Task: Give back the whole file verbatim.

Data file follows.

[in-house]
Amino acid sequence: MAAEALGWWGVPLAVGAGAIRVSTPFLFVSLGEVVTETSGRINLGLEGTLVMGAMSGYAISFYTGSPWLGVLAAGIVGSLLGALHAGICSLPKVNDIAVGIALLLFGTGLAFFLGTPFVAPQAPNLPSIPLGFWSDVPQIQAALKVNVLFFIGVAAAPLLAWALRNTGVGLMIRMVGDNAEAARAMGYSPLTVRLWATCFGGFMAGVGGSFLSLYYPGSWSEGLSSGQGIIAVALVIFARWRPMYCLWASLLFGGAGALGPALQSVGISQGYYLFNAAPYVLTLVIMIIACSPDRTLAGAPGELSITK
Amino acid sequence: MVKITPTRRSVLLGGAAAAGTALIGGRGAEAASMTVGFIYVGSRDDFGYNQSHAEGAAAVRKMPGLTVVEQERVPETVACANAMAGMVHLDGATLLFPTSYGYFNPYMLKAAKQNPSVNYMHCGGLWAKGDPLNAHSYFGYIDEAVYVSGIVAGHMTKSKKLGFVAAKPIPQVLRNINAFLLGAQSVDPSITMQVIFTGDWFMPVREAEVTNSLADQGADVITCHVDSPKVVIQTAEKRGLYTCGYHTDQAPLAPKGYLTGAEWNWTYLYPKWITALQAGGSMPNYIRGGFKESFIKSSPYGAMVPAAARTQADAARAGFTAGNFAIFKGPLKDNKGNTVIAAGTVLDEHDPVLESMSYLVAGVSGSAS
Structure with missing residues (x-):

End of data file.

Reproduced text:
[in-house]
Amino acid sequence: MAAEALGWWGVPLAVGAGAIRVSTPFLFVSLGEVVTETSGRINLGLEGTLVMGAMSGYAISFYTGSPWLGVLAAGIVGSLLGALHAGICSLPKVNDIAVGIALLLFGTGLAFFLGTPFVAPQAPNLPSIPLGFWSDVPQIQAALKVNVLFFIGVAAAPLLAWALRNTGVGLMIRMVGDNAEAARAMGYSPLTVRLWATCFGGFMAGVGGSFLSLYYPGSWSEGLSSGQGIIAVALVIFARWRPMYCLWASLLFGGAGALGPALQSVGISQGYYLFNAAPYVLTLVIMIIACSPDRTLAGAPGELSITK
Amino acid sequence: MVKITPTRRSVLLGGAAAAGTALIGGRGAEAASMTVGFIYVGSRDDFGYNQSHAEGAAAVRKMPGLTVVEQERVPETVACANAMAGMVHLDGATLLFPTSYGYFNPYMLKAAKQNPSVNYMHCGGLWAKGDPLNAHSYFGYIDEAVYVSGIVAGHMTKSKKLGFVAAKPIPQVLRNINAFLLGAQSVDPSITMQVIFTGDWFMPVREAEVTNSLADQGADVITCHVDSPKVVIQTAEKRGLYTCGYHTDQAPLAPKGYLTGAEWNWTYLYPKWITALQAGGSMPNYIRGGFKESFIKSSPYGAMVPAAARTQADAARAGFTAGNFAIFKGPLKDNKGNTVIAAGTVLDEHDPVLESMSYLVAGVSGSAS
Structure with missing residues (x-):